The Devil That Never Dies: The Rise and Threat of Global Anti-Semitism – Daniel Jonah Goldhagen (2013)

The Devil That Never Dies: The Rise and Threat of Global Anti-Semitism defines what anti-Jewish rhetoric constitutes anti-Semitism and anti-Semitic behavior. Goldhagen discusses how anti-Semitism has become both globalized and eliminationist, or for the extermination of Jews, especially since the rise of Nazi Germany. The book also discusses how even after large scale instances of anti-Semitism like the debunked myths of ritual murder and the Protocols of the Elders of Zion, as well as the Holocaust, anti-Semitism has able to grow even though its existence should be obvious to the world. Goldhagen shines a light on political leaders from both the present and past by presenting their anti-Semitic statements. This shows the reader the links between modern anti-Semitism and attacks on the state of Israel with the same anti-Jewish rhetoric which has been circulating the globe for centuries.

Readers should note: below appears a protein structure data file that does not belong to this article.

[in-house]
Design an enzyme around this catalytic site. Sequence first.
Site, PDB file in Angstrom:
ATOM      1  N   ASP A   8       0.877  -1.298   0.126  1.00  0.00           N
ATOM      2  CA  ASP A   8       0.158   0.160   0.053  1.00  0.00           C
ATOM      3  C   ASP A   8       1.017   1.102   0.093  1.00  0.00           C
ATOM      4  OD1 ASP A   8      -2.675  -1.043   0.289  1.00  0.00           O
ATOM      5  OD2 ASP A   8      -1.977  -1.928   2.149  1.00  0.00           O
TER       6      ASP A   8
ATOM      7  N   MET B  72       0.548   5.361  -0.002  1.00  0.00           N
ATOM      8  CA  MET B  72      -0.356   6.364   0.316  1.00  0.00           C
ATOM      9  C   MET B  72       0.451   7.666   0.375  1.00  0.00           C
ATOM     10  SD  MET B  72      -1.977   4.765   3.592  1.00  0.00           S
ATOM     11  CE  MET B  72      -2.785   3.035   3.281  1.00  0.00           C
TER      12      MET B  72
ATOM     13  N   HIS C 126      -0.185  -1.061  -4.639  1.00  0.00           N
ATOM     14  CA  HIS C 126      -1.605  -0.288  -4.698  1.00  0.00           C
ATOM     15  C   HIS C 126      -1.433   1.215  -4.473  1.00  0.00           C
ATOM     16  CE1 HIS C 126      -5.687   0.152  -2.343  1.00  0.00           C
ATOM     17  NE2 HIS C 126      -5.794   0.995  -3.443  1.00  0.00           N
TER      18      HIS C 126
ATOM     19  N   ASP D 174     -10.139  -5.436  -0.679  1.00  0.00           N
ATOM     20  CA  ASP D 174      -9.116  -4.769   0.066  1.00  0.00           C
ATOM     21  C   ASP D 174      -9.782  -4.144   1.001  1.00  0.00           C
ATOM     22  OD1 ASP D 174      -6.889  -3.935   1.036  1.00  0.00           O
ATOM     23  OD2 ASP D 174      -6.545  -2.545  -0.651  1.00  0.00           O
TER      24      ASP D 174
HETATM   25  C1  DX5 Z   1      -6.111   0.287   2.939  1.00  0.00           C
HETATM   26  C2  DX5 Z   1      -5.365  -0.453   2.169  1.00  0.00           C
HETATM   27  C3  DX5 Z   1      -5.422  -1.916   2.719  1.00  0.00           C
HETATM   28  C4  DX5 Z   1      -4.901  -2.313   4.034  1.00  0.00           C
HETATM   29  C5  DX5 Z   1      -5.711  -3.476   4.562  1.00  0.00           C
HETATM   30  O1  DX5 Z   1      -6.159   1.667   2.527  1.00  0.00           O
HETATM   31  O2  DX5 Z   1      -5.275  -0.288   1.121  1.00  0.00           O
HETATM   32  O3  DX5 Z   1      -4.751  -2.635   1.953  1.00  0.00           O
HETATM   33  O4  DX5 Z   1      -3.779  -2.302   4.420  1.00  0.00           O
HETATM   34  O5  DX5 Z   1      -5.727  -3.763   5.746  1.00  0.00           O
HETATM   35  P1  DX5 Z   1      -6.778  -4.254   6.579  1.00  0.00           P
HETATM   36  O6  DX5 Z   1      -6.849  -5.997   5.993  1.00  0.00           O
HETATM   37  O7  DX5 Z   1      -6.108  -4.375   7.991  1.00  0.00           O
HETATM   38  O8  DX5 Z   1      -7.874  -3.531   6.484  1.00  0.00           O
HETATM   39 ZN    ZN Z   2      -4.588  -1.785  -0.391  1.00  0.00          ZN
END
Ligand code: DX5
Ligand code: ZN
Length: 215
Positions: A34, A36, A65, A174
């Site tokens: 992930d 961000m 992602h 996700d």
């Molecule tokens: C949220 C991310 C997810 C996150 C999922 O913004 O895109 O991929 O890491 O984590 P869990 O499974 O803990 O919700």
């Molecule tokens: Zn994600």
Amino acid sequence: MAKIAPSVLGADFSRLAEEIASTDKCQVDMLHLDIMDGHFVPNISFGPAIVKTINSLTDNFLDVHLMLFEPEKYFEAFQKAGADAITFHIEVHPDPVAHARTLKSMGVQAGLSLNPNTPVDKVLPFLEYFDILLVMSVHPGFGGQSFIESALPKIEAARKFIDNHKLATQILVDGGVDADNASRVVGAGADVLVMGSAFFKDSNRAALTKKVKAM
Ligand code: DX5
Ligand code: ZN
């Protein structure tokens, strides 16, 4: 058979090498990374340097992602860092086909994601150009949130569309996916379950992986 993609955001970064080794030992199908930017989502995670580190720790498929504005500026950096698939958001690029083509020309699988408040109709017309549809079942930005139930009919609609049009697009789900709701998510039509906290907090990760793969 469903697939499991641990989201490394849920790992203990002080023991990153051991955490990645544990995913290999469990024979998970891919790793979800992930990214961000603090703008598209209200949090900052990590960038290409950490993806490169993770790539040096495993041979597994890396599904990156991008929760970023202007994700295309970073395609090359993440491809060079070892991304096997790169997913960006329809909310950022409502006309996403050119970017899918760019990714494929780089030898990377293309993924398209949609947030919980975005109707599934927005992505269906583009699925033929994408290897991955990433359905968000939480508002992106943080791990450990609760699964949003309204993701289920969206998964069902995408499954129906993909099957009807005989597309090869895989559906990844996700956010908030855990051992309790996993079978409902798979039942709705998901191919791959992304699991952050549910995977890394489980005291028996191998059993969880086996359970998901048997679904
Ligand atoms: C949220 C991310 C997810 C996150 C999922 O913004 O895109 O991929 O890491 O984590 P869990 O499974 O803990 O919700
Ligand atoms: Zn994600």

“Desecration of the Host” – Jewish Encyclopedia (1906)

The Jewish Encyclopedia is a large and invaluable asset in analyzing any sort of Jewish history. It includes one of the more detailed and thorough descriptions of the Desecration of the Host, the other Blood Libel conspiracy besides ritual murder. The Desecration of the Host is the conspiracy that Jews aim to deface the body of Christ and do so by poking holes in Mass Wafers. While ritual murder accusations and trials were more relevant, the Desecration of the Host illustrates the fears Christians had of Jews and their supposed want to take over the Christian religion.

“The Jewish Question” – Goldwin Smith (1881)